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Massive brush fire near Glen Lakes subdivision under control

Published:   |   Updated: March 30, 2013 at 01:08 PM
WEEKI WACHEE -

It was 70 degrees and snowing Friday afternoon at the Coastal Way shopping center.

The snow was actually ashes raining down from a large cloud that divided the sky gray and blue from what began as a controlled burn by the Florida Fish and Wildlife Conservation Commission on 200 acres in Chassahowitzka, just west of Glen Lakes.

It quickly became uncontrolled. By 5:30 p.m. Friday a blanket of smoke hovered over State Road 50 and pushed through traffic, and the 200-acre burn became a 350-acre burn.

Residents reported seeing the smoke from as far away as U.S. 41 and Cortez Boulevard.

“Oh my God,” said Caryl Meyer, watching flames crackle and climb up a tree three houses down from hers on Maybelle Drive inside the Glen Lakes golf club community. “I just bought this house today.”

Around 11:30 a.m. it was just smoking, but then that smoke started to accumulate and grow darker, and darker, and worse, and worse, she said.

“Then the tree caught fire, and I just about died because it was my best friend’s house,” Meyer said.

Wildfire Mitigation Specialist with the Withlacoochee Forestry Center Don Ruths said this is going to be a three- to five-day battle, yet.

“A wind shifted on them around 2 in the afternoon, and it went past the line and they looked for assistance,” Ruths said. In fact, that’s why he was there with the Citrus, Hernando and Pasco County Fire Rescue groups and the Hernando County Sheriff’s Office. “It will be smoking several days, and we’re watching U.S. 19 and we would have some concerns with smoke on U.S. 19.”

The conditions were good for controlled burning, Ruths said. There was just enough moisture to prevent a fire like this. Controlled burns are conducted to renew forests and make them less volatile when fires do occur and to reduce the likelihood of them spreading.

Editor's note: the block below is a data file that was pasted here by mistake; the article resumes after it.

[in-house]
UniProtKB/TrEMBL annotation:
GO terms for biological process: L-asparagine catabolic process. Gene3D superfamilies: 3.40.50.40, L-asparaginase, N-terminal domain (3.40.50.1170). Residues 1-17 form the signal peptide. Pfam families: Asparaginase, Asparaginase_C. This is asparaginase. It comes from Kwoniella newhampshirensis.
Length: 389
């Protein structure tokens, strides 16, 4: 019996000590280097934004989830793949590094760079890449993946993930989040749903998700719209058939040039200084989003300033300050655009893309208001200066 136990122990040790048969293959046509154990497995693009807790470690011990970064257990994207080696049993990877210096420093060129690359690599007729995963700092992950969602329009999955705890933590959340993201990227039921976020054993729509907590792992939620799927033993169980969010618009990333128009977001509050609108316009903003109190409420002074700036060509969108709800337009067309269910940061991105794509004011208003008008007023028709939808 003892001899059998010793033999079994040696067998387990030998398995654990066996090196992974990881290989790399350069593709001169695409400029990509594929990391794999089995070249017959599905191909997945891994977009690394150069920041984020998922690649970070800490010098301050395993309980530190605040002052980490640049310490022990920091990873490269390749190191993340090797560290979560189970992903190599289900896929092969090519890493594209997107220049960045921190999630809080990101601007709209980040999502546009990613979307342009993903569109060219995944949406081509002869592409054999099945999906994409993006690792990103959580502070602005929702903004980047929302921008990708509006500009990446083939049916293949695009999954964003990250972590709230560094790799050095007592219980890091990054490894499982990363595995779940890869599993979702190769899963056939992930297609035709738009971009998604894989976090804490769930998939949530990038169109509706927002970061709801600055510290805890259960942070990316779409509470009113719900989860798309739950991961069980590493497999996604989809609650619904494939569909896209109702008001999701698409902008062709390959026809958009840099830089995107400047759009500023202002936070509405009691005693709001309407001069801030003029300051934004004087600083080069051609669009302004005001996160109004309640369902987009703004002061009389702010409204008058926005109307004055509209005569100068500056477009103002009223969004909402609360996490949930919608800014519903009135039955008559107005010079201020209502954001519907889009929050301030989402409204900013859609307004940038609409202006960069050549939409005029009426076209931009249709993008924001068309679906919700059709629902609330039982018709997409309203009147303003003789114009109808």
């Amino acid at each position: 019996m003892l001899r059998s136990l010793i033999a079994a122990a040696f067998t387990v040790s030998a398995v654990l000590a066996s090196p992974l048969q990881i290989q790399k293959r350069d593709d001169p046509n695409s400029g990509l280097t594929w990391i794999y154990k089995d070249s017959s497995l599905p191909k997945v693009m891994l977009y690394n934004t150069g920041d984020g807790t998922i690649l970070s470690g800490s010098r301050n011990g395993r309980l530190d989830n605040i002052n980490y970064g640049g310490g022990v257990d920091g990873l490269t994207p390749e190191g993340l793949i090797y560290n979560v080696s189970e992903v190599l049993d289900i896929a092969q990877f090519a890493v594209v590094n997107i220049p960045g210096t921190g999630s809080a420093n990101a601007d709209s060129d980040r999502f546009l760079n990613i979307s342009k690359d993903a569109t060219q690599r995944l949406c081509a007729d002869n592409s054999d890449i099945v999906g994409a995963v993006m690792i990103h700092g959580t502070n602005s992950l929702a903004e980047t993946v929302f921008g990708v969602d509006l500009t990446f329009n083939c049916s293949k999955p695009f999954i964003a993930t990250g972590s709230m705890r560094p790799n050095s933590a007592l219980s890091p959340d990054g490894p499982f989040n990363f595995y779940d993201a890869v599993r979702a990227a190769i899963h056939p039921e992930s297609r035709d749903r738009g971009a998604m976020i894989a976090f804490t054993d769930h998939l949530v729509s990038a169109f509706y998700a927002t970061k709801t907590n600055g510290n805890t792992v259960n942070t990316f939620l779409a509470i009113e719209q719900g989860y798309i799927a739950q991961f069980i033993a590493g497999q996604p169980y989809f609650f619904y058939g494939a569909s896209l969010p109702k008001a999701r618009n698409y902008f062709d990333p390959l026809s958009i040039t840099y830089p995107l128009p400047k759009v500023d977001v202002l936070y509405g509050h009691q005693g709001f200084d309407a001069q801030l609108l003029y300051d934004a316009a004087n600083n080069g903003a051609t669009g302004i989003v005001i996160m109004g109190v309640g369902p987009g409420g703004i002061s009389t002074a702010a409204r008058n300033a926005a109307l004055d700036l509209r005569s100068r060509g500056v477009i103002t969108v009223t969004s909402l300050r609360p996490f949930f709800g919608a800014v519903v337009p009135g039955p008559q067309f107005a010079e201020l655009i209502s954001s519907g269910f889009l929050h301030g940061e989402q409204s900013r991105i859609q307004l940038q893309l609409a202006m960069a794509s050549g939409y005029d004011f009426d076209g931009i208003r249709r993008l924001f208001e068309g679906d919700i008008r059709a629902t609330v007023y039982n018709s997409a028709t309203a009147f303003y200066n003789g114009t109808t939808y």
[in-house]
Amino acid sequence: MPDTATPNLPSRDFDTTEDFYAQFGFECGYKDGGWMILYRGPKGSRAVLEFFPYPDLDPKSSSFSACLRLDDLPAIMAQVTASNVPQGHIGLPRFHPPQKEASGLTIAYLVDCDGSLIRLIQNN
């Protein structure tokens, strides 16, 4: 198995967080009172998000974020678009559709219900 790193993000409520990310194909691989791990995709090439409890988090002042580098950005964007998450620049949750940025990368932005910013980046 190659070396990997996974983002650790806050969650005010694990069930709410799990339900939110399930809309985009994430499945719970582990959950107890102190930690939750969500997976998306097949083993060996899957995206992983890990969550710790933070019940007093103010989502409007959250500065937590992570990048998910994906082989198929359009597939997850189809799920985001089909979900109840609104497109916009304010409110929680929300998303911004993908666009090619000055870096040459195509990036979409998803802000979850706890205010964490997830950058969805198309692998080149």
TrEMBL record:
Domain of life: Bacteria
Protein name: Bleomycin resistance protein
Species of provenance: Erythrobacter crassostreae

“Our only question is who started it, and why did it take so long to get it under control?” said Whit Voiers in his smoke-filled backyard where a flaming tree glowed in the distance. “Maybe they got to it as soon as they could, but it makes you wonder. These firefighters out here have been doing a great job.”

Hernando County Fire Rescue combated the fire nearby, dousing down the flames to protect the homes, then sealing the hoses closed and letting everything else burn; they were conserving water and in the process of waiting for another engine to bring water reinforcements.

“These local firemen are fabulous, and are explaining what’s going on, and reassuring,” Judy Voiers said. “They need to be commended.”

There was a fire hydrant down the road in front of the model home that a helicopter was dumping water buckets behind. The hydrant was later utilized at 4:45 p.m.

Anne Sich stood outside Friday morning watching the smoke billow.

“I stood and watched it for a long time,” Sich said. “I said, ‘Soon as I see flames, I’m getting out.’”

Sich got out, she said.

David Craighead, general manager of Glen Lakes, said maybe once a year there is a controlled burn in the area.

Friday his office fielded phone calls with questions about a controlled fire that by all appearances did not resemble that classification.

“They’re supposed to call us so we could tell our residents, and we got tons of calls about whether this was a controlled burn, but they don’t tell us like they’re supposed to,” Craighead said. “Otherwise we could tell people four days ahead of time there’s going to be a controlled burn.”

Craighead stood surrounded by smoke and mist from the running sprinklers and black water that fell from the helicopter splashing water overhead in a crescent, dousing flames that threatened the model home.

“If that helicopter wasn’t dropping water on that model home it would have caught fire,” Craighead said. “Thank God they did.”

Ruths said there were between 30 and 40 responders and 12 structures in the community were threatened. The helicopter swooping onto nearby ponds and lifting water buckets out to dump onto burning trees 150 feet away from homes was provided by the forestry service.

Firefighters issued residents a voluntary evacuation order, according to officials and witnessed by Joe Granda, who was installing a home theatre system in a home before the fire kicked up.

“You could just see the tips of the flames above that house, and firefighters came by saying, ‘You may have to leave,’” Granda said. About five houses were threatened on Maybelle Drive. “The helicopter dropped water on the roofs of all the houses in the cul-de-sac, and firefighters recommended everyone turn their sprinklers on.”

One question lingered with residents, along with the smell of smoke in their clothes.

“We want an answer for what went wrong,” Voiers said.

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